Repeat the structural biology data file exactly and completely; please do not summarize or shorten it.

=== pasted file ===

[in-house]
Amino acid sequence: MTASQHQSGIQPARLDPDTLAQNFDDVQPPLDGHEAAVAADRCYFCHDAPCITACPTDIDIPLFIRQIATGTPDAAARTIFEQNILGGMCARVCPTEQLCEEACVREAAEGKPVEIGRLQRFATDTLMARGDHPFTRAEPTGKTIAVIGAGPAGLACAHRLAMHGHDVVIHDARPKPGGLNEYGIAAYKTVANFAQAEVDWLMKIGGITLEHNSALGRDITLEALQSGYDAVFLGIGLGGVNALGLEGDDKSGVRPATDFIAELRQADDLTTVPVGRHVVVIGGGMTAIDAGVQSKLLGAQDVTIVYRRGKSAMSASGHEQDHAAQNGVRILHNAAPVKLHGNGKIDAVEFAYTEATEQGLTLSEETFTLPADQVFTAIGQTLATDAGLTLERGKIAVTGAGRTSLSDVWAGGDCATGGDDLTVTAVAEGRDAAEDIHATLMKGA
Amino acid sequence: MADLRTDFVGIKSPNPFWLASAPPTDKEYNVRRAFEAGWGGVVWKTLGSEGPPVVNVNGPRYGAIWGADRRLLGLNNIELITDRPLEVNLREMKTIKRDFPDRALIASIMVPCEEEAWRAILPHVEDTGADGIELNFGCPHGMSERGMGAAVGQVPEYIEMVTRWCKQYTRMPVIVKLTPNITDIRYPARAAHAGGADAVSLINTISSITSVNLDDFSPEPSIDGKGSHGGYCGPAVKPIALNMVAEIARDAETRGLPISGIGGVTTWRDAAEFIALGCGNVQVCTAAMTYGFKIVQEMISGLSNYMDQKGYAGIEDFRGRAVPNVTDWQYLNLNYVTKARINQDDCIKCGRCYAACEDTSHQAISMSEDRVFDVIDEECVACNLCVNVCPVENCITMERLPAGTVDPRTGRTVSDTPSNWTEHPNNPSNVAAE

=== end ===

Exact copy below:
[in-house]
Amino acid sequence: MTASQHQSGIQPARLDPDTLAQNFDDVQPPLDGHEAAVAADRCYFCHDAPCITACPTDIDIPLFIRQIATGTPDAAARTIFEQNILGGMCARVCPTEQLCEEACVREAAEGKPVEIGRLQRFATDTLMARGDHPFTRAEPTGKTIAVIGAGPAGLACAHRLAMHGHDVVIHDARPKPGGLNEYGIAAYKTVANFAQAEVDWLMKIGGITLEHNSALGRDITLEALQSGYDAVFLGIGLGGVNALGLEGDDKSGVRPATDFIAELRQADDLTTVPVGRHVVVIGGGMTAIDAGVQSKLLGAQDVTIVYRRGKSAMSASGHEQDHAAQNGVRILHNAAPVKLHGNGKIDAVEFAYTEATEQGLTLSEETFTLPADQVFTAIGQTLATDAGLTLERGKIAVTGAGRTSLSDVWAGGDCATGGDDLTVTAVAEGRDAAEDIHATLMKGA
Amino acid sequence: MADLRTDFVGIKSPNPFWLASAPPTDKEYNVRRAFEAGWGGVVWKTLGSEGPPVVNVNGPRYGAIWGADRRLLGLNNIELITDRPLEVNLREMKTIKRDFPDRALIASIMVPCEEEAWRAILPHVEDTGADGIELNFGCPHGMSERGMGAAVGQVPEYIEMVTRWCKQYTRMPVIVKLTPNITDIRYPARAAHAGGADAVSLINTISSITSVNLDDFSPEPSIDGKGSHGGYCGPAVKPIALNMVAEIARDAETRGLPISGIGGVTTWRDAAEFIALGCGNVQVCTAAMTYGFKIVQEMISGLSNYMDQKGYAGIEDFRGRAVPNVTDWQYLNLNYVTKARINQDDCIKCGRCYAACEDTSHQAISMSEDRVFDVIDEECVACNLCVNVCPVENCITMERLPAGTVDPRTGRTVSDTPSNWTEHPNNPSNVAAE